October 11, 1913.
C.W. Durbrow and Henley C. Booth, both of San Francisco, Cal., and George S. Brown, of Reno, Nev. (W.F. Herrin, of San Francisco, Cal., of counsel), for complainant.
Geo. B. Thatcher, Atty. Gen., of Nevada, for defendants.
In Equity. Bill by the Southern Pacific Company against H.F. Bartine and others, to enjoin enforcement of order of Nevada Railroad Commission reducing passenger fares. Injunction granted.
See, also, 170 Fed. 725.
The Southern Pacific Company has filed its bill in this court to enjoin the enforcement of an order made by the Railroad Commission of Nevada, reducing local one-way passenger fares from 4 cents a mile on its main line, and from 5 cents a mile on its standard-gauge branch lines within this state, to 3 cents a mile.
Complainant pleads that the order directly, and by its necessary operation, interferes with and burdens interstate commerce; that it reduces the revenues of the company to such an extent as to be confiscatory, and is arbitrary, unjust, and unreasonable; that the statute under which the order was made is unconstitutional, because of the excessive penalties imposed upon railroad companies failing to obey orders of the commission; that the order is beyond the issues raised in the citation and framed by the commission at the opening of the proceedings held before that body; and, finally, the order itself is not supported by, and is contrary to, the evidence.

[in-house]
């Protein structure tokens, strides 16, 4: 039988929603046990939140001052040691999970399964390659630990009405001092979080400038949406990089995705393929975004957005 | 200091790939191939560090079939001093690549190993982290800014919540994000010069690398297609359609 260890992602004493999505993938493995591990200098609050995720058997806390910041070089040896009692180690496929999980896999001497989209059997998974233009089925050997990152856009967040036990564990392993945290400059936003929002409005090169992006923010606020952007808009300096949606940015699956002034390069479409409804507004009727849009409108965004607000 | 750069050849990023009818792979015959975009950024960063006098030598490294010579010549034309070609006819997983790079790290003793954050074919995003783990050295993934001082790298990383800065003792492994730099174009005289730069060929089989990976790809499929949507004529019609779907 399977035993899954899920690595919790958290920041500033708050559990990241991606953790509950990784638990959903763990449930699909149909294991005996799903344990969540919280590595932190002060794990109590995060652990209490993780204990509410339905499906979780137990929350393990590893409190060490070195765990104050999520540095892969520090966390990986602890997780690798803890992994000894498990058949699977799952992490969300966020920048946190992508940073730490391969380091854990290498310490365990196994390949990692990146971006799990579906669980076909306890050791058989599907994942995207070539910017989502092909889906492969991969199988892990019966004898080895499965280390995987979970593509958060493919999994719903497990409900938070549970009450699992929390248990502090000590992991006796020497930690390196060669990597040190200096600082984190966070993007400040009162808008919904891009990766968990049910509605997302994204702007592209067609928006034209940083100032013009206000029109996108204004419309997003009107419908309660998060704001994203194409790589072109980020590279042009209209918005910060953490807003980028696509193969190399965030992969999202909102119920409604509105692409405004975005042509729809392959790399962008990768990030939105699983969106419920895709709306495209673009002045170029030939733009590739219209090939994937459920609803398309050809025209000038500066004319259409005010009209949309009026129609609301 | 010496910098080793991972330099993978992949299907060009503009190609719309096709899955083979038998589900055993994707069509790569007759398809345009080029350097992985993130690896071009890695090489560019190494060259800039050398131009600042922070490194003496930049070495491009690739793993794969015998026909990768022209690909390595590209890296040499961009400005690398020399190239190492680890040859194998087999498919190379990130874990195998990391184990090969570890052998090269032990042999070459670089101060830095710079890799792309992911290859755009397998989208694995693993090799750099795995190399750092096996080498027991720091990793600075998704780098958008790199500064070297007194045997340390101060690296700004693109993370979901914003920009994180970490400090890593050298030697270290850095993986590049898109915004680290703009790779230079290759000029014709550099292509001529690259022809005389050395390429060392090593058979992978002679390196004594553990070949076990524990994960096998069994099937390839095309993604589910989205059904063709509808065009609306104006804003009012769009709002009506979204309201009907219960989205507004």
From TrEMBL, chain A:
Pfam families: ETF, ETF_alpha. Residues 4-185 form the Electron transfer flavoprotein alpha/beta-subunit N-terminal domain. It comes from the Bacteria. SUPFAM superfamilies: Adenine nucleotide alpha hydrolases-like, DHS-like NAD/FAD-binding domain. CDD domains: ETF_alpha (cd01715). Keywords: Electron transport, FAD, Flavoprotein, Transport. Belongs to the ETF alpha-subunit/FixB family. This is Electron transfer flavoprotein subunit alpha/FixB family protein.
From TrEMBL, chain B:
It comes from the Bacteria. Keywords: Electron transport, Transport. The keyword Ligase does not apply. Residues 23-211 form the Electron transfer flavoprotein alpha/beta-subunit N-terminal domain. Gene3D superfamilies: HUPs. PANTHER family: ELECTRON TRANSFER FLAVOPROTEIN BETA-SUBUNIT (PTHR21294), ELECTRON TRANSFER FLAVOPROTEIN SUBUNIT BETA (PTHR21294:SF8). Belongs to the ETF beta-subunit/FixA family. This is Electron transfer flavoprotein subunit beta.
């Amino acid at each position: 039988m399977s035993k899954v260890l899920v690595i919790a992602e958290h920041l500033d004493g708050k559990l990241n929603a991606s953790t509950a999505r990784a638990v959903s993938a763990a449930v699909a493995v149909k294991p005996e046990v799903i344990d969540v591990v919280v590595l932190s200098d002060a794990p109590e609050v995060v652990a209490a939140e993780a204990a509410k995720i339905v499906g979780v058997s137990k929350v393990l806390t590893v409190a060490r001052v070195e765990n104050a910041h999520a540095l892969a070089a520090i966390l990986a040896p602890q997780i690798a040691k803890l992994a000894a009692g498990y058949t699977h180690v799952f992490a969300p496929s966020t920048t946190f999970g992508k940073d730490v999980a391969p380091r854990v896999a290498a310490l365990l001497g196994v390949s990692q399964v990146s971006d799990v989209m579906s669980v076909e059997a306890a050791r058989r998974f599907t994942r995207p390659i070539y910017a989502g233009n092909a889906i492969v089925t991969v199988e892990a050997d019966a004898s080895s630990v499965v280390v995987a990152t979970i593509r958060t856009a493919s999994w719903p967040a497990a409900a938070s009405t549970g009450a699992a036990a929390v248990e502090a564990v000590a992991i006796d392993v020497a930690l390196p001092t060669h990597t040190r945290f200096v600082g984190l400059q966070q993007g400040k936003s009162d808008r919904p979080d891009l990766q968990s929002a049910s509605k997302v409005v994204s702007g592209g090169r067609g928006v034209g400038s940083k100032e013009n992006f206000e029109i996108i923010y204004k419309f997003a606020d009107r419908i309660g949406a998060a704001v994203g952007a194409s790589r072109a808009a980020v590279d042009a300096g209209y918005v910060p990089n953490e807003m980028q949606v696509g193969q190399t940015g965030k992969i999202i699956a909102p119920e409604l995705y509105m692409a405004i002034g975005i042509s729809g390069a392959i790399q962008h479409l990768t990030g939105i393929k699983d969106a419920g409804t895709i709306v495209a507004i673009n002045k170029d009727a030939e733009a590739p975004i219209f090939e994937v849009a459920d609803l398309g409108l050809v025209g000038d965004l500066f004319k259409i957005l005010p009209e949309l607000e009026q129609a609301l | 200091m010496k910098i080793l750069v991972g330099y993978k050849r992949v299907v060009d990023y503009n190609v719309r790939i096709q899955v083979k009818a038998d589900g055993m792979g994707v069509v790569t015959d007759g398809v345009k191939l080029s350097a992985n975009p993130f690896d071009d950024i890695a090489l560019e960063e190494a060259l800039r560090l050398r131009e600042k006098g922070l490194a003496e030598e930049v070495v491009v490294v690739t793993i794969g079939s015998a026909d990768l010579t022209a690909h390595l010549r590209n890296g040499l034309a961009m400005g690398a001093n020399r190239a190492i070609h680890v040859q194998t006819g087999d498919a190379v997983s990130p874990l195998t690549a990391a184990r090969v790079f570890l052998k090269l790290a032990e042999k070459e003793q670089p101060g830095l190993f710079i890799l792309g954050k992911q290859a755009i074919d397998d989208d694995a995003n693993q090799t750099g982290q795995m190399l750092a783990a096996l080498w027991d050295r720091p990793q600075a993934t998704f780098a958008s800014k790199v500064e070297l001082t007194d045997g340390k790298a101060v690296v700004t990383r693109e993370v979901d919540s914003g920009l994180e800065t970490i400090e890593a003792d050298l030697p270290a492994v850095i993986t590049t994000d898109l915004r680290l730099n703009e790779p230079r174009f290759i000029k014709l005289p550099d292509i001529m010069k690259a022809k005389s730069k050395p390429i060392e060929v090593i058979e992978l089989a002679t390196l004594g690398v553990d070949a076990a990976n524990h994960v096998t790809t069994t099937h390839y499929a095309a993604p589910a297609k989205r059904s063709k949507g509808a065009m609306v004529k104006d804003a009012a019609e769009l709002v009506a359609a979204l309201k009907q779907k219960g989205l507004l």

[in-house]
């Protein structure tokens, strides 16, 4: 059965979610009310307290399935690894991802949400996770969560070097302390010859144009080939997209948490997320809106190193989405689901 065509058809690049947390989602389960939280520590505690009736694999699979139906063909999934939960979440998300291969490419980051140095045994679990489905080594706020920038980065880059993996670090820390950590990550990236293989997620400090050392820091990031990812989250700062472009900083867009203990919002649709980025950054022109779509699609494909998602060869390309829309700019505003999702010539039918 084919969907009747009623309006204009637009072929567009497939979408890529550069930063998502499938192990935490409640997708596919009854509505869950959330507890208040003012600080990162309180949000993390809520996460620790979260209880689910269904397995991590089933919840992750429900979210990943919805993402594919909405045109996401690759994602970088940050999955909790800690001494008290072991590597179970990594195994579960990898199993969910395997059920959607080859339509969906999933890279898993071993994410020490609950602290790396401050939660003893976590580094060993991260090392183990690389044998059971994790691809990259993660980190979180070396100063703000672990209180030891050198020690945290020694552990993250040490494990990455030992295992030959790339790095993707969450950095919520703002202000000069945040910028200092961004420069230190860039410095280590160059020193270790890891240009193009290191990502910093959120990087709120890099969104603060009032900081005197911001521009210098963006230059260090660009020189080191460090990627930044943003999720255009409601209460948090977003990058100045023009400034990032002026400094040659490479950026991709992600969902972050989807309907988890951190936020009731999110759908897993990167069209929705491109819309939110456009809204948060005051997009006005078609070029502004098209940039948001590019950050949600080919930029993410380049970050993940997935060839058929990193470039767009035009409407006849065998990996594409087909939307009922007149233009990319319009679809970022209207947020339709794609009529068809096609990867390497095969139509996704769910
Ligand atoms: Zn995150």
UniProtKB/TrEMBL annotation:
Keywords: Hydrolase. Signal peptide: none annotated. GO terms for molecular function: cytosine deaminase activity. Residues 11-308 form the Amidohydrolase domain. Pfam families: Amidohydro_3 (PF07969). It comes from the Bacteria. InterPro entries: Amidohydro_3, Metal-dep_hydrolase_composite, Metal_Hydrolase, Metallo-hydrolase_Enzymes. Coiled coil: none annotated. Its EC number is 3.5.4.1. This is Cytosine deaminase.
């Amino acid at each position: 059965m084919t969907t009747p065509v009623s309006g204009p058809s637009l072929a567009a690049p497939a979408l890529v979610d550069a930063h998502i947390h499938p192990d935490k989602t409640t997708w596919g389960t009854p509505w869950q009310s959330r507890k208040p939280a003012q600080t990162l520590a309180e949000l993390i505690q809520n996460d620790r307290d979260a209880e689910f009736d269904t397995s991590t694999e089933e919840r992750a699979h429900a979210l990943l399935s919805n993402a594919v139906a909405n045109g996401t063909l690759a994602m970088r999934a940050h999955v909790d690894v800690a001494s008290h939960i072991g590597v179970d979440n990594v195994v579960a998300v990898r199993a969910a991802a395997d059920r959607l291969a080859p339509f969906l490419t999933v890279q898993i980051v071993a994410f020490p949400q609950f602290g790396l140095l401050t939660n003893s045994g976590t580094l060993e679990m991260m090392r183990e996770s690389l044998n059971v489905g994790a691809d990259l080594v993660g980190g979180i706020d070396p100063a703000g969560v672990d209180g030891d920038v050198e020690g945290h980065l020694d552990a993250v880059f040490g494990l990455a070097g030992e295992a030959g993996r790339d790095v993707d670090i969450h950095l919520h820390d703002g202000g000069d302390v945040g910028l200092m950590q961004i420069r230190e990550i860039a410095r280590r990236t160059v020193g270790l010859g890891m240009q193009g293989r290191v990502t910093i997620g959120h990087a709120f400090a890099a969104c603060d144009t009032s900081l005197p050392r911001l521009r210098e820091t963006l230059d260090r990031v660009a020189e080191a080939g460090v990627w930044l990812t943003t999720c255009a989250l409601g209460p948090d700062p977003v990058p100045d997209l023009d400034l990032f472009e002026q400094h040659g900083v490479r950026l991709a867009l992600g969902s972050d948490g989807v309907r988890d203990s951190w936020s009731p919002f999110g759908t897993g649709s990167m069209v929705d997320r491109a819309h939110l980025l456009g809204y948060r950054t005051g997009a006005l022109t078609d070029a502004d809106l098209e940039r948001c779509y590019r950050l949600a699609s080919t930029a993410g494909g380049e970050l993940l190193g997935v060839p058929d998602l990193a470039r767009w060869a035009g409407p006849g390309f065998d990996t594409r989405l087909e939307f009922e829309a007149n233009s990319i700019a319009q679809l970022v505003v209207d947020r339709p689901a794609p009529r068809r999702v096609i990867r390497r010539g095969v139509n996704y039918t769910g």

It is further contended that the order, if enforced, will work irreparable injury to complainant in this: It will require at least $5,500 to print tariffs to comply with the order of the commission, the orders of the Interstate Commerce Commission, and the interstate commerce law; that it will require the Southern Pacific Company to reduce its interstate rates; that the company will be compelled to arrange divisions with its Eastern connections, and, in the event the order is not sustained on final hearing, the company will be obliged to appear before the Interstate Commerce Commission and ask leave to raise the interstate rates to their former basis; and that it will be impossible to recover from passengers the difference between the rates now charged and the rates which they will pay under the order.
As to the objection that the penalties prescribed by the statute are excessive, complainant declares that it relies thereon only as it bears on the claim of irreparable injury. It is admitted that the question of interference with interstate commerce is foreclosed by the recent decision of the Supreme Court in the Minnesota Rate Case; that the only showing of confiscation set out in the bill, or which complainant is prepared to make, is by a method which in the same decision has been disapproved. The questions of confiscation and interference with interstate commerce must therefore for the present be laid aside.